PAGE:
Can I rent a casket?
Yes, as I have just mentioned above, you can rent a casket for the purposes of a service. The deceased can later be transferred to the burial or cremation container. Rental caskets are simply a standard casket that the funeral home offers to accommodate viewings and services. The funeral home will charge you a nominal fee for renting the casket. This is to cover cleaning and maintenance of the rental casket.
In the U.K. a funeral director came up with an ingenious idea to create a ‘coffin cover’. An internal biodegradable cardboard box is concealed within the ‘coffin cover’, which is a standard-looking ornate wooden coffin that opens at one end to slide the inner container in. This means that the outer coffin cover can be re-used by the funeral home, whilst the family only has to purchase the biodegradable container.
Who are the main casket manufacturers?
Batesville Services Inc – the brand name in caskets that many will recognize. Batesville are the market leaders in terms of a reputation for quality caskets, and currently hold a 50% share of the U.S. casket market. The company has been in operation for over a century and is based out of Batesville in Indiana.
Aurora Casket Company Inc – Aurora is another leading casket company, also based in Indiana, and they currently hold a 10% share of the U.S. casket market.
Universal Casket Co. – Universal Caskets is based in Michigan and is also the supplier for Costco.
Imported caskets – Today there is a growing market of imported caskets from China. Yes, sadly, a casket, which looks just the same as an American-produced casket, can be imported all the way from China and retailed for less. At the end of the day, price is the bottom-line that dictates most people’s shopping decisions today, and this has driven a market for imported caskets.
Understanding the ‘Funeral Rule’ & how this affects purchasing a casket
Before making a trip to a funeral home or casket showroom, you should be aware of the Federal Trade Commission’s (FTC) Funeral Rule. Central to the Funeral Rule is the General Price List (GPL). According to the Funeral Rule funeral directors are required to provide a copy of the GPL to anyone who makes a request in person for information about goods and/or services of the establishment. This information is not merely shown to the individual in a bound folder in the office of the funeral home but a GPL copy must be given to the consumer to take home.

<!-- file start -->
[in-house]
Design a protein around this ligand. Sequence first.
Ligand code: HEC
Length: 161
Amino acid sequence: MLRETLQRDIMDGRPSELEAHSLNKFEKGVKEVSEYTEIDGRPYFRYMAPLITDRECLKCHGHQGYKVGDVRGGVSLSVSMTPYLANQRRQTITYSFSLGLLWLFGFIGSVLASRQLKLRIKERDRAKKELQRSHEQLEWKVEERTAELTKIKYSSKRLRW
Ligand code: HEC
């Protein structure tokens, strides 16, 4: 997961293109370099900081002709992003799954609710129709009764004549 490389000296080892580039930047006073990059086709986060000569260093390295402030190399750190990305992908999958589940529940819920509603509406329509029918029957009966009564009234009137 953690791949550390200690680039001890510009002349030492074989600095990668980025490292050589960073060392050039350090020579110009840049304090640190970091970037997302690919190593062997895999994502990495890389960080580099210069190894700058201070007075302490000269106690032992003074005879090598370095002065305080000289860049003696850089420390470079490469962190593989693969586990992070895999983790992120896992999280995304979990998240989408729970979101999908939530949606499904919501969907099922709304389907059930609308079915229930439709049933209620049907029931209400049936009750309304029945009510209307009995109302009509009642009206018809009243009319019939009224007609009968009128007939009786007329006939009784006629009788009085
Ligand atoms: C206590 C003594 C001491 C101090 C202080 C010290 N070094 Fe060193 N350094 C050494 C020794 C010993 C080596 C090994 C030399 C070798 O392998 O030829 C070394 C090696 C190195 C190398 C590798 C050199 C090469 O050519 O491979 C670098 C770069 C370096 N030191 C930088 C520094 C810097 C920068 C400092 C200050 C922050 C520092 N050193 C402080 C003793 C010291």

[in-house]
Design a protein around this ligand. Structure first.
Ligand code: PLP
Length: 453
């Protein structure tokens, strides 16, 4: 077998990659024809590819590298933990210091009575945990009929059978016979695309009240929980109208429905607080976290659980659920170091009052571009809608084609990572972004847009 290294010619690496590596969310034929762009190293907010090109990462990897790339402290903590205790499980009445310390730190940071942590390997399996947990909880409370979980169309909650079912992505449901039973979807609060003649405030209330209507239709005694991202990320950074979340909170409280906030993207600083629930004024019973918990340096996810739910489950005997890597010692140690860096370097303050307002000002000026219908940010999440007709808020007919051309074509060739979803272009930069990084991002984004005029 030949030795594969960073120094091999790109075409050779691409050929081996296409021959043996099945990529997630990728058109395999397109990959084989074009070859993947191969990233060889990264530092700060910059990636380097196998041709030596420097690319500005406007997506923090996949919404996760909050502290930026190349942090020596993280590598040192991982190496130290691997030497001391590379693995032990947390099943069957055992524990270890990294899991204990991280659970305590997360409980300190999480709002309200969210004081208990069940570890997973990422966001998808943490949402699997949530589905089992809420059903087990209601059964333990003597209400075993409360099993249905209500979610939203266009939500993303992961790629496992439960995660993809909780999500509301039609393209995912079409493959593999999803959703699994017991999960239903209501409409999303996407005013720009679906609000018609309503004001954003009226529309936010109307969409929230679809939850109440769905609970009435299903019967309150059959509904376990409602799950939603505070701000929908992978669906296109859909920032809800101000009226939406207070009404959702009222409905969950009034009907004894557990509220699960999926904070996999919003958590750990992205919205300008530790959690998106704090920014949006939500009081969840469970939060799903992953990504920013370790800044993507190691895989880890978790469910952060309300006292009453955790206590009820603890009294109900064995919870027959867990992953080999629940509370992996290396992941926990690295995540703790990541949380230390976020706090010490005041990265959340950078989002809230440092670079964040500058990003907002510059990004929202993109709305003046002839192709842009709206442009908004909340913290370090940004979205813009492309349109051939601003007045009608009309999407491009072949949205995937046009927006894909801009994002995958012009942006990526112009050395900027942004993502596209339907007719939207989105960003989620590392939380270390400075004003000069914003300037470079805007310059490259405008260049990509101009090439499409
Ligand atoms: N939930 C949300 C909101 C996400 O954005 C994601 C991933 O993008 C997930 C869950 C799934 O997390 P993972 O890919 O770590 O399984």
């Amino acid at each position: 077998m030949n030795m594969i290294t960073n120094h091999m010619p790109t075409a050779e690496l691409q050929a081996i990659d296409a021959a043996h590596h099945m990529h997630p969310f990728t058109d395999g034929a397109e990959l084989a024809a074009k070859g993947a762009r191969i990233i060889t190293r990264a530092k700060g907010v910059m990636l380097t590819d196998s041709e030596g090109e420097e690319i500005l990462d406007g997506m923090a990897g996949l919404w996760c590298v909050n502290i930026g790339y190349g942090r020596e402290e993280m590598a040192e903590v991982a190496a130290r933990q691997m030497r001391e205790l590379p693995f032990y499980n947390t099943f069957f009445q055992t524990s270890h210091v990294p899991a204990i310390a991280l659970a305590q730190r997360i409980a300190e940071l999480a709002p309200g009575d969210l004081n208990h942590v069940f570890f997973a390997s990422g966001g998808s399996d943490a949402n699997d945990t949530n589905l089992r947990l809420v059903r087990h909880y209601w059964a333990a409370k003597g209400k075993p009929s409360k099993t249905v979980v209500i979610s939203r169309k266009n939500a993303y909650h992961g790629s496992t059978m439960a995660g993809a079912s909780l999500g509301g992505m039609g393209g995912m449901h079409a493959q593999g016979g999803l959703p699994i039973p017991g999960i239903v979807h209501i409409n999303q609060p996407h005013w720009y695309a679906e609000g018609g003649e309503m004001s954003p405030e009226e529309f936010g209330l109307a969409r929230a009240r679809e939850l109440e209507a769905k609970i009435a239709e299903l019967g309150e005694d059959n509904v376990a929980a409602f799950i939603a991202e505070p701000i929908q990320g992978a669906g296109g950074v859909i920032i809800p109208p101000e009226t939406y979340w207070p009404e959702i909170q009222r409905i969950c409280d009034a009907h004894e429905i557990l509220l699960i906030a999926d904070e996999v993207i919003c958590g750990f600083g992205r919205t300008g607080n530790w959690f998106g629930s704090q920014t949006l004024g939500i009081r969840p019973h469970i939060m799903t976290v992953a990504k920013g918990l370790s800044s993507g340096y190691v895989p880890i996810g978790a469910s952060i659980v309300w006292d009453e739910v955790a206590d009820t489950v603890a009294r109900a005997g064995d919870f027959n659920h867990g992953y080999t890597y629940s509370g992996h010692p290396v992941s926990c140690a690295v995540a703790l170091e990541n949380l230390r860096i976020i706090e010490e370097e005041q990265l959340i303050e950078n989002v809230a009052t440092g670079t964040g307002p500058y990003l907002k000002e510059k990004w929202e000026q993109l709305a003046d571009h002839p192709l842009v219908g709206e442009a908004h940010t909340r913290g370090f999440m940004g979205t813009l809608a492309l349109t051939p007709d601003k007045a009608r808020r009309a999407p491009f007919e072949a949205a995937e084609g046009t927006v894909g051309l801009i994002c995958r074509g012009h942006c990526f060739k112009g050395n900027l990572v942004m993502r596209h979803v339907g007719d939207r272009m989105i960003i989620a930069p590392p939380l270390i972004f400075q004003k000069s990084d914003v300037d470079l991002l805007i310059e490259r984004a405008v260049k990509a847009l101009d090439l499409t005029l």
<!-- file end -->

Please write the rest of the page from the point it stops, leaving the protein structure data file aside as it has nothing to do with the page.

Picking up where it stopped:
Although the FTC Funeral Rule is federal law, there are a few states where the state licensing board for funeral directors has managed to still impose state law that dictates that third-party casket sellers cannot operate unless they are a licensed funeral home. In Louisiana, Oklahoma and Virginia only a licensed funeral director can sell a casket.
A funeral home should not refuse to use a casket purchased elsewhere. Nor are they allowed to add a “handling fee” if you order a casket on your own. By Federal Law, you have the right to purchase your casket anywhere you choose. However, it is possible that you will meet with resentment at the funeral home since they will be losing a large percentage of profit on this transaction. .
Wherever you decide to purchase a funeral casket, try and think about what the funeral casket is for, it is to give the deceased a dignified means of being transported before a funeral service, be it a burial or a funeral cremation. It is also important to note that no funeral casket can preserve the deceased body forever. The Federal Trade Commission’s Funeral Rule forbids any claims that special extras with descriptions like “seals”, “protective” and “gasketed” caskets can help to preserve the body, and they only tend to make the funeral casket cost more.
When members of a deceased person’s family shop for funeral caskets, it is obviously a time of great emotion. Someone near and dear to them has just passed away and there are many arrangements to be made. They do not want to spend a great deal of money but they do want to bury their loved one in a funeral casket that they feel is appropriate and dignified.